The Klondike Goldrush
June 27, 2006 7:16 AM   Subscribe

The Klondike Gold Rush, the last great gold rush of the 19th century.
On August 16, 1896 huge quantities of gold was found in the remote Yukon region of Canada. Word spread slowly, until eleven months later, the steamship Portland arrived in Seattle from Dawson with "more than a ton of gold". Within six months, approximately 100,000 gold-seekers set off on the perilous journey north to the Yukon. Only 30,000 completed the trip.
Resources: Eric A. Hegg's photograph's of the gold rush, stories from the gold rush, women of the gold rush, Klondike Gold Rush Historical Database, info and teaching resources (warning: annoying frames), links, Librarians' Internet Index.
posted by MetaMonkey (11 comments total) 5 users marked this as a favorite
Spectacular post! Thanks.
posted by LarryC at 7:47 AM on June 27, 2006

Thanks for an interesting post. Reading the story seems like something so distant in the past and foreign to me that I struggle to accept it as non-fiction. But then the pictures brought it home, and I can picture the people and realize how not all that foreign these people were. Heck, I've posed for this picture myself and it looked quite similar. Same with the bar photo.

Thanks for the post. Thanks doubly for the post for ending the steady stream of utter crap in the last ten or so posts.
posted by dios at 7:50 AM on June 27, 2006

Ah the memories! I worked a summer as a tour guide in Skagway, Alaska. The Klondike Gold Rush is a pretty insane chapter in American/Canadian history. Of course, Soapy Smith is my favorite Gold Rush Gangster. That guy never ran out of ways to scam someone. Well, that is until the infamous gunfight down by the dock.
posted by witchstone at 8:21 AM on June 27, 2006

William Speidel's book "Sons of the Profits" says that the "Ton of Gold" actually landed in San Francisco, and that the publicity saying that it landed in Seattle was a marketing scam put on by the city of Seattle to draw people there to provision for the Klondike.
posted by teatree at 8:27 AM on June 27, 2006

Actually, there were 2 ships: the Excelsior went to San Francisco and the Portland went to Seattle. From this link:

But the world didn’t know what was happening in the Yukon until July 14, 1897 when the steamship Excelsior landed in San Francisco. On board was more than half a million dollars worth of Klondike gold. News of the great discovery travelled over the wires like wildfire. When the steamer Portland landed in Seattle three days later, a crowd of 5,000 greeted the 68 miners on board. Over a million dollars worth of gold was carried down the gangplank in a battered assortment of suitcases and rope-tied bags.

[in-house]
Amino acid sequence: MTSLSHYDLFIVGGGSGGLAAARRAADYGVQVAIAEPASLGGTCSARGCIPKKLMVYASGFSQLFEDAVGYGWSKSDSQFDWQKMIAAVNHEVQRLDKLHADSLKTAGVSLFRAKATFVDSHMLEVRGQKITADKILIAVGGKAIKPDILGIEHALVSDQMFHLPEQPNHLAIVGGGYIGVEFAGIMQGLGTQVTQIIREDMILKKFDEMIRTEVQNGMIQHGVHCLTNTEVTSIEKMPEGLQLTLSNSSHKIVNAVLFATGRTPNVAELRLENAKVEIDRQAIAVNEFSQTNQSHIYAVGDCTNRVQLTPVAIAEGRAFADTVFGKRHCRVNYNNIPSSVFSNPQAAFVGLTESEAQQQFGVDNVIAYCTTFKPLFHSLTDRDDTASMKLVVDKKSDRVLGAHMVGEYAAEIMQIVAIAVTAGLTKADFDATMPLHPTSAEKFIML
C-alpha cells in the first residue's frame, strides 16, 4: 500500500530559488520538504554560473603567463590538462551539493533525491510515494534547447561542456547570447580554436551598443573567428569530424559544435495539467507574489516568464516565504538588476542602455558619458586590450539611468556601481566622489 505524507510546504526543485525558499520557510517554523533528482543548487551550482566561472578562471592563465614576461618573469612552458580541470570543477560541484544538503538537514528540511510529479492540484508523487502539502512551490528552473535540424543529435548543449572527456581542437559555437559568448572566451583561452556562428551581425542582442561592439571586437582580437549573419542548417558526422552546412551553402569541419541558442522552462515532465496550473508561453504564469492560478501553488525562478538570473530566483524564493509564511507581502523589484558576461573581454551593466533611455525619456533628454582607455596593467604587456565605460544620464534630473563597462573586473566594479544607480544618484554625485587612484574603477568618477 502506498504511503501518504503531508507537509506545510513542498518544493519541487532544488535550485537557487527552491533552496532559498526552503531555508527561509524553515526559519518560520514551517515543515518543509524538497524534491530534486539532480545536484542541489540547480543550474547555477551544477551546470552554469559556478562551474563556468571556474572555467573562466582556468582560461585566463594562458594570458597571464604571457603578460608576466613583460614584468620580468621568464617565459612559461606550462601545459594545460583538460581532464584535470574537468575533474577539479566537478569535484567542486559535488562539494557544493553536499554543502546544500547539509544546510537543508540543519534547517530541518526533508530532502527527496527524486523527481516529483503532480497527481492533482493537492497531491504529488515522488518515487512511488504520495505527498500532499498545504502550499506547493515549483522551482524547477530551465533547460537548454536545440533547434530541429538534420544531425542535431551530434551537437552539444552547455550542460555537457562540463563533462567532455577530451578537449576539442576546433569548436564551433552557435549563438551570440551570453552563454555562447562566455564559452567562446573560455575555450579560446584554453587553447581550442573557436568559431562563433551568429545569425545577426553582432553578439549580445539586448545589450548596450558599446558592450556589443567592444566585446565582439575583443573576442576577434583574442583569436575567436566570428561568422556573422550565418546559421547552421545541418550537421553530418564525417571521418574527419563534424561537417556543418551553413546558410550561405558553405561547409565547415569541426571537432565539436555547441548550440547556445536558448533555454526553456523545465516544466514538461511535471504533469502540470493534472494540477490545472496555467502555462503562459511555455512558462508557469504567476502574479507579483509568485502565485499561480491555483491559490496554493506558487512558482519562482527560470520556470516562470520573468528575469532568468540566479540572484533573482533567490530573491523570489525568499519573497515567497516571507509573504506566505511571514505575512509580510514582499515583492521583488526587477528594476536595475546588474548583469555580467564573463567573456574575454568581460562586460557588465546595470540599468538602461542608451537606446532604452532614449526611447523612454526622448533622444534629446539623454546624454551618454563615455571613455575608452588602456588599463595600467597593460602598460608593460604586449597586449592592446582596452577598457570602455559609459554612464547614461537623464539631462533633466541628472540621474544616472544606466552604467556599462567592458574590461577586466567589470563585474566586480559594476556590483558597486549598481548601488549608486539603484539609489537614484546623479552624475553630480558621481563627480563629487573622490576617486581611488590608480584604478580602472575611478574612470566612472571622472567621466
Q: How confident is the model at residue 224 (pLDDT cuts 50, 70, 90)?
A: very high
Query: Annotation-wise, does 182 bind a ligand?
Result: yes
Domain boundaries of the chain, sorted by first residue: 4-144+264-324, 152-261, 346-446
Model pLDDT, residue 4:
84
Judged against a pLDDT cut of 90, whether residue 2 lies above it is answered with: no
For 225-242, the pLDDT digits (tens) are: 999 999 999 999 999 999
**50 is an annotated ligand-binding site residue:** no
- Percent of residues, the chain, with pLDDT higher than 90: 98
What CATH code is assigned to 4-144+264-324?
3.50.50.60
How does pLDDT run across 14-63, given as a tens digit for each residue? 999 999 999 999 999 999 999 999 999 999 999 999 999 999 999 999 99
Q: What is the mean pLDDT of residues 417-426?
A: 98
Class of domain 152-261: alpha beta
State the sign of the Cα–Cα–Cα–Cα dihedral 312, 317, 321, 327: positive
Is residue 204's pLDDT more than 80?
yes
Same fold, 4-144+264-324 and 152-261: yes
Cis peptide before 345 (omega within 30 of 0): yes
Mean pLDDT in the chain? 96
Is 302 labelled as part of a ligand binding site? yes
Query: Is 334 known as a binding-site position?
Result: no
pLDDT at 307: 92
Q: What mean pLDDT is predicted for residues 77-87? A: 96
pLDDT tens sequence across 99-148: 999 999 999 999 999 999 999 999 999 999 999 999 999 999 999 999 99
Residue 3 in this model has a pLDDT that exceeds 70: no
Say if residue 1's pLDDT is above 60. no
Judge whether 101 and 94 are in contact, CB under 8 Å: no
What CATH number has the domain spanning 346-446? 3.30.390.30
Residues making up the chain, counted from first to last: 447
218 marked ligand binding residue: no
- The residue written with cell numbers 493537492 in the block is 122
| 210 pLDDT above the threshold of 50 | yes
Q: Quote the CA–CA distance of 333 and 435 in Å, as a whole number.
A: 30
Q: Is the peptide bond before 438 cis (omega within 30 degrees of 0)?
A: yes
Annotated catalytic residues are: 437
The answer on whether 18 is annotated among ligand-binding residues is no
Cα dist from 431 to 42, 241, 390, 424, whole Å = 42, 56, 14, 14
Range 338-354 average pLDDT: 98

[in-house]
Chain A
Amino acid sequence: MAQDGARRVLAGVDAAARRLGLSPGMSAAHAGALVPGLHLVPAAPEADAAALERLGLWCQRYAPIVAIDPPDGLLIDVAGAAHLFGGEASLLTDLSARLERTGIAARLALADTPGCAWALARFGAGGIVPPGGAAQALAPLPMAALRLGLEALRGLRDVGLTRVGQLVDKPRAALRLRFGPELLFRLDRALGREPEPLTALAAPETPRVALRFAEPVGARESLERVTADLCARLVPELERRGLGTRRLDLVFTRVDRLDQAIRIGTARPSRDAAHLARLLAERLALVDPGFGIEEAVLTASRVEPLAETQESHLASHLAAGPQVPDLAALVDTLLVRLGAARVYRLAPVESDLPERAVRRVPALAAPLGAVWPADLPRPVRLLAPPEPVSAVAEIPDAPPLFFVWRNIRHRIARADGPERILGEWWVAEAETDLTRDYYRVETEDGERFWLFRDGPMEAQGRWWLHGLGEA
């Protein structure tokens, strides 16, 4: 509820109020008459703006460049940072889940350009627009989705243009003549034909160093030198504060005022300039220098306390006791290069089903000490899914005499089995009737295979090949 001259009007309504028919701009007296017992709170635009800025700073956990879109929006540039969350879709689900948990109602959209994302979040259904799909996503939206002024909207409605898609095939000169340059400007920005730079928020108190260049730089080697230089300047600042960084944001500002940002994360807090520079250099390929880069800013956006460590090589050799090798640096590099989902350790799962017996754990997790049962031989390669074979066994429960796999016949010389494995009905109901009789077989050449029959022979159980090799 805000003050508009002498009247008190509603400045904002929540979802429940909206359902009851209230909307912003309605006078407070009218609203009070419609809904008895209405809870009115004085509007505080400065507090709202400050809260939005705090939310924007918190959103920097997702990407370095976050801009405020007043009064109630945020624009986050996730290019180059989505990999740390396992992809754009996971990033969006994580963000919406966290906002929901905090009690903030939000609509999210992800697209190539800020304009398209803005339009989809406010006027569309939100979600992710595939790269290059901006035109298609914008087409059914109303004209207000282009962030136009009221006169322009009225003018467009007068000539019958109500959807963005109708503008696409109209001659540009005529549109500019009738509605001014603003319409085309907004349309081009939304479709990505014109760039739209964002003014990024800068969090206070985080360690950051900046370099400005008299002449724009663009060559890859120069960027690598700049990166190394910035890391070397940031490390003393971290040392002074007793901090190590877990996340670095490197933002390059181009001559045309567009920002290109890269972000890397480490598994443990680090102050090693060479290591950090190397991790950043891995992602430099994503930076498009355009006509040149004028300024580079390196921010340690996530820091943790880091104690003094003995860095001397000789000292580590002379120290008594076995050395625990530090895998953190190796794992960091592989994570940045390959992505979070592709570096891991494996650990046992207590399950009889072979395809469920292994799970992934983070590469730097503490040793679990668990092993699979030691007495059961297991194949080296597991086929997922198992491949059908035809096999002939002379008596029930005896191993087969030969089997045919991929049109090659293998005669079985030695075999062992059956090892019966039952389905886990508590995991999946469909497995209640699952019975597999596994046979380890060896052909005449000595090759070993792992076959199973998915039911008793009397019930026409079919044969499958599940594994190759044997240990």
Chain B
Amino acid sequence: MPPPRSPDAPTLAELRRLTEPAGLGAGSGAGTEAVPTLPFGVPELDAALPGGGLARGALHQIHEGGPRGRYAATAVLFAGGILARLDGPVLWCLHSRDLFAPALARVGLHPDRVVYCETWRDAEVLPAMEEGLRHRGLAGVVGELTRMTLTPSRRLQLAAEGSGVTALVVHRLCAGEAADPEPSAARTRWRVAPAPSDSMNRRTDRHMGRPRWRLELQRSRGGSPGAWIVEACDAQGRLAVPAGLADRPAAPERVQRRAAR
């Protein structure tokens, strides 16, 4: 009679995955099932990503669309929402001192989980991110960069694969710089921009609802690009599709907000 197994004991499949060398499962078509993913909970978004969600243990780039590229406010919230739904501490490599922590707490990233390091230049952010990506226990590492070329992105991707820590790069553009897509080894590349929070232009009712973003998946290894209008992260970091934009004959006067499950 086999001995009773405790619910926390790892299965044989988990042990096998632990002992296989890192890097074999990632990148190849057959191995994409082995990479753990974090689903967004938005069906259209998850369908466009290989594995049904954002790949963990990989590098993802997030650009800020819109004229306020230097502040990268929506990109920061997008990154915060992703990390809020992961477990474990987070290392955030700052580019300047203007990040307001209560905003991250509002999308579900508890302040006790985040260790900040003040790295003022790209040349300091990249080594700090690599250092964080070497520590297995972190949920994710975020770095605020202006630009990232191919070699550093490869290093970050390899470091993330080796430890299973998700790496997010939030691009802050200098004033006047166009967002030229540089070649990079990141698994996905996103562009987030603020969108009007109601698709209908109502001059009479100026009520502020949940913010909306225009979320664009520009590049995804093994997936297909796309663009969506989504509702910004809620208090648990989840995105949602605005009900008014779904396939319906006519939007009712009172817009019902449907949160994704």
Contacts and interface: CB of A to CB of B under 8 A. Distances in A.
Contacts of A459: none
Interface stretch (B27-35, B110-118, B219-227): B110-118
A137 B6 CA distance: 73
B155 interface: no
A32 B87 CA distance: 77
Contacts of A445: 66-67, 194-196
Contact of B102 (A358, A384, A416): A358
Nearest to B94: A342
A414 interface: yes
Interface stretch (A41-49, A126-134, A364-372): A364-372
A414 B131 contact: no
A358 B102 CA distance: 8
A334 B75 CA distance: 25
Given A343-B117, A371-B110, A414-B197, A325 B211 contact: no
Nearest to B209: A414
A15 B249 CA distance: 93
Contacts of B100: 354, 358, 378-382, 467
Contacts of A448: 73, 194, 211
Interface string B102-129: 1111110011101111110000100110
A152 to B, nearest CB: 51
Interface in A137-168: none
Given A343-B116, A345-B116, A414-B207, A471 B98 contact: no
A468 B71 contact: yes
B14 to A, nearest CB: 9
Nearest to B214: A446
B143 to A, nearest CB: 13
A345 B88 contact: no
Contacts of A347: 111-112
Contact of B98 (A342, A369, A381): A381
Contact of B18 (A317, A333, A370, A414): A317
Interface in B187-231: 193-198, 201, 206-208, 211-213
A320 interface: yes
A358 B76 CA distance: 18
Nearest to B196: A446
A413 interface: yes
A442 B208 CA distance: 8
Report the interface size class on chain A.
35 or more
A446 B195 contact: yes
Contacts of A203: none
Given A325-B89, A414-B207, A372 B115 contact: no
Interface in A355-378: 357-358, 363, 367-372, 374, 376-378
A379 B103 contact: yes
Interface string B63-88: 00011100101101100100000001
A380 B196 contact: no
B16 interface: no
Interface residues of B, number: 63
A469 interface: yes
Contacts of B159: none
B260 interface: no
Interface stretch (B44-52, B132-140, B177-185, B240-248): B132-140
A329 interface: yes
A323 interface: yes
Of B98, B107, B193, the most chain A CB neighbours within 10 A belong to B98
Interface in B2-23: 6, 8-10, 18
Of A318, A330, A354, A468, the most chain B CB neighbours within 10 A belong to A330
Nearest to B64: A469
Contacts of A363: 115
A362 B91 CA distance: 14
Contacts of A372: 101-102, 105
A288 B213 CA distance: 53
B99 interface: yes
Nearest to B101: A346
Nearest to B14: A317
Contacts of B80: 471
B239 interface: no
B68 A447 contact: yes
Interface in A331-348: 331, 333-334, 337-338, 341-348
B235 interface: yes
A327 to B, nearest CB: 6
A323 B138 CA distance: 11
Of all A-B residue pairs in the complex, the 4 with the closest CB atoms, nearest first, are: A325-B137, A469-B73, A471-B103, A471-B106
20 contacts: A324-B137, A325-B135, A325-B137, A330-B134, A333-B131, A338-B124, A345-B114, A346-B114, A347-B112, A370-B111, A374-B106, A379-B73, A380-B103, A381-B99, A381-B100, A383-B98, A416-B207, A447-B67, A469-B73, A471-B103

At least that's what I was taught when I was in Skagway.
posted by witchstone at 8:49 AM on June 27, 2006

What a fantastic post.
posted by dazed_one at 9:54 AM on June 27, 2006

I actually do some work for the Klondike Goldrush museum here in Seattle (all the streaming video on their website? That's me). If you're in the area, you should DEFINATELY go and visit the museum. It's way interesting, and the multimedia presentations in the new building are from the 60s-70s, and have just been digitally restored (also me), so it's got some retro-kitch going on.

TRIVIA: Did you know the Klondike Goldrush museum is the only indoor national park? It is!

Go visit. Ask for Ranger Sean O'Marra, tell them Matt the Video Guy sent you. :)
posted by mattoly at 10:26 AM on June 27, 2006

As the person who inherited the administration of the State Library's Goldrush pages, I will agree that the frames are a huge bitch. YUCK! Trying to get a bunch of historical librarians to change something is like trying to slog through waste deep honey. Needless to say, those frames aren't going away any time soon. A few more places to go from the Alaska State Library Historical Collections. The digital archives is rockin' cool in my opinion. Far more Alaskan pictures than just goldrush. Also, how to find your goldrush relative!
posted by Foam Pants at 10:56 AM on June 27, 2006

Great post, thanks.
posted by freebird at 11:28 AM on June 27, 2006

Holy cats! So many terrific links! Thank you!
posted by Joey Michaels at 4:13 PM on June 27, 2006

If you like Historical Fiction, then this may be the best book about the Klondike Goldrush out there.
posted by UseyurBrain at 7:39 PM on June 27, 2006

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